Both parents have a legal responsibility to provide financial support for their child. The court will review several factors when determining what a fair child support order is, including each parent’s income, parenting time with children, and the costs of raising a child. The parent with primary custody and/or the parent who makes less income is typically the party that receives child support payments.


Q: How Long Do You Have to Be Married in California to Get Half of Everything?

A: There is no amount of time a couple has to be married to get half of the marital property. California is a community property state, which means each spouse is entitled to half of their marital property during the division of assets. This is true regardless of the length of their marriage. Unlike other states, California courts do not consider any outside factors about the marriage when splitting marital property. To split the marital property in a different way, couples must negotiate their property division outside of court.

Q: What Are My Rights as a Wife in a Divorce in California?

A: A wife in a divorce in California has the following rights:

  • The right to half the marital assets and debt jointly owned by the couple
  • The right to request spousal support or alimony
  • The right to exercise parental rights, including requesting child custody
  • The right to provide or receive child support

When spouses get their divorce in court, these rights are protected by the court. If a couple negotiates their separation agreement, spouses may agree on an unequal division of marital assets and debts but typically cannot waive child support. An attorney can help you resolve the division of your property outside of court while ensuring you are not taken advantage of during the process.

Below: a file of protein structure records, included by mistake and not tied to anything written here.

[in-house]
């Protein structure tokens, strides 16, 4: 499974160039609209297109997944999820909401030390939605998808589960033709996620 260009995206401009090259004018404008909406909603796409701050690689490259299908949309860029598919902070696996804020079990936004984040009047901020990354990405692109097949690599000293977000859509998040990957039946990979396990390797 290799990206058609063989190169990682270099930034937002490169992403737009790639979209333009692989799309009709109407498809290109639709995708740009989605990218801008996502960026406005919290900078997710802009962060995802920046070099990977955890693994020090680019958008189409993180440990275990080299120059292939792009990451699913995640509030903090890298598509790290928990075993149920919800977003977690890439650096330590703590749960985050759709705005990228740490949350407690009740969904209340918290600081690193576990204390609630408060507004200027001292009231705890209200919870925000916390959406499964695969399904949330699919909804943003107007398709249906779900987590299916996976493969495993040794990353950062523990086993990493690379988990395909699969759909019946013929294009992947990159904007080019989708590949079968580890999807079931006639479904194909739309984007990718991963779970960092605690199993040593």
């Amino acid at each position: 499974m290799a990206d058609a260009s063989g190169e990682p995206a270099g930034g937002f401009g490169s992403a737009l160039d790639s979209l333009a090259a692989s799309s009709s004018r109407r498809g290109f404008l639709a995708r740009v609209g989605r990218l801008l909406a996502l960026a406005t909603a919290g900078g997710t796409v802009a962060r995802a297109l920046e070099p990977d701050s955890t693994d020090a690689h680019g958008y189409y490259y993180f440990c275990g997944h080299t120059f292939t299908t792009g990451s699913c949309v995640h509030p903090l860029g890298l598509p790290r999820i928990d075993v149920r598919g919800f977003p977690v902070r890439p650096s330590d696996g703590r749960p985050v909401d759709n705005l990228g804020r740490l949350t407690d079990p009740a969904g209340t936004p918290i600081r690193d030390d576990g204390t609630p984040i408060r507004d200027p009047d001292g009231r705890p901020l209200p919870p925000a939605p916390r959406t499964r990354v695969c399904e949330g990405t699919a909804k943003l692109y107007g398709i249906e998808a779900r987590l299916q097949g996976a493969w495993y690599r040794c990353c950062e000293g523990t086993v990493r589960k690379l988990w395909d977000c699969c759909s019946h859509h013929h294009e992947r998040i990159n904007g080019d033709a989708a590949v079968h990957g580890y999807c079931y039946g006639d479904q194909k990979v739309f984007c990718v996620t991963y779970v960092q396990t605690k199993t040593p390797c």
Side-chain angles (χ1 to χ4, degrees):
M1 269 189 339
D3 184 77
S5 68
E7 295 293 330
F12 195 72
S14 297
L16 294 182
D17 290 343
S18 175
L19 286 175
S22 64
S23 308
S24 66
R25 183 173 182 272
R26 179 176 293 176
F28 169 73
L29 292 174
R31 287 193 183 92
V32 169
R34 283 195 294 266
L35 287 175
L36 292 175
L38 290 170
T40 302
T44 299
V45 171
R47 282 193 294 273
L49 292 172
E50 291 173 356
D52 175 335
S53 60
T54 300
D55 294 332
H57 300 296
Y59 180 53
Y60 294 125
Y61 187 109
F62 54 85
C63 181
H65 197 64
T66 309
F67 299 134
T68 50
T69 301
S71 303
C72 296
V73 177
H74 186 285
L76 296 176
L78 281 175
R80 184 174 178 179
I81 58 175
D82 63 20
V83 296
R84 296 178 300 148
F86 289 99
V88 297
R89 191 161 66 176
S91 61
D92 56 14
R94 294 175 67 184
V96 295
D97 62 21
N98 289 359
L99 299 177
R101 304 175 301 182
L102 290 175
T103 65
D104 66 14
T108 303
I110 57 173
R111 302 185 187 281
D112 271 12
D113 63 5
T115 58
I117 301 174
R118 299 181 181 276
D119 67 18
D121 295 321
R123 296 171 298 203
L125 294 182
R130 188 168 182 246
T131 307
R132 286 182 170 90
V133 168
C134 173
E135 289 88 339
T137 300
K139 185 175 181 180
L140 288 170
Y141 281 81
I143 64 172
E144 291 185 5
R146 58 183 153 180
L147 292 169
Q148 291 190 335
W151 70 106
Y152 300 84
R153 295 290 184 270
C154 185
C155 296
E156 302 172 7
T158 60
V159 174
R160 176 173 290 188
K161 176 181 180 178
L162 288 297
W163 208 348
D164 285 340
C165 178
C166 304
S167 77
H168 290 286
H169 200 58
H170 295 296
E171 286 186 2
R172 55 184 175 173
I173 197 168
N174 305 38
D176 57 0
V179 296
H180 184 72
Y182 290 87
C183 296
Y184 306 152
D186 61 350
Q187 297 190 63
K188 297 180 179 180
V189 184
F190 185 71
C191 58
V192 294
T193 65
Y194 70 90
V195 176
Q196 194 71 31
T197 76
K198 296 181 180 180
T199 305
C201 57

Q: Who Gets the House in a Divorce in California?

A: A house in a divorce in California is generally considered community property. This means that each spouse has equal rights to it before the property is divided. This can be handled in several ways. Spouses may sell the house and split the profits, or one spouse may receive the house and offer an equal value of other marital assets to the other spouse.

Spouses can also avoid community property laws by negotiating an agreement through mediation, enabling them to have more control over property division. If the agreement is fair, the court will approve it.

Q: Can I Get Half of My Husband’s Pension in a Divorce in California?

A: You could get half of your husband’s pension in a divorce in California because pensions and retirement benefits are considered marital property. Marital property is divided equally between spouses during in-court property division. This may not always mean all assets are divided perfectly in half, but each spouse has an equal claim. If a couple has an existing prenuptial or postnuptial agreement or a couple does not divide their property in court, retirement benefits may be divided differently.

Finding a Skilled Divorce Attorney

A divorce is a difficult and frequently overwhelming time of your life. Get the guidance and support you need by contacting Law Offices of Michelanne Hrubic.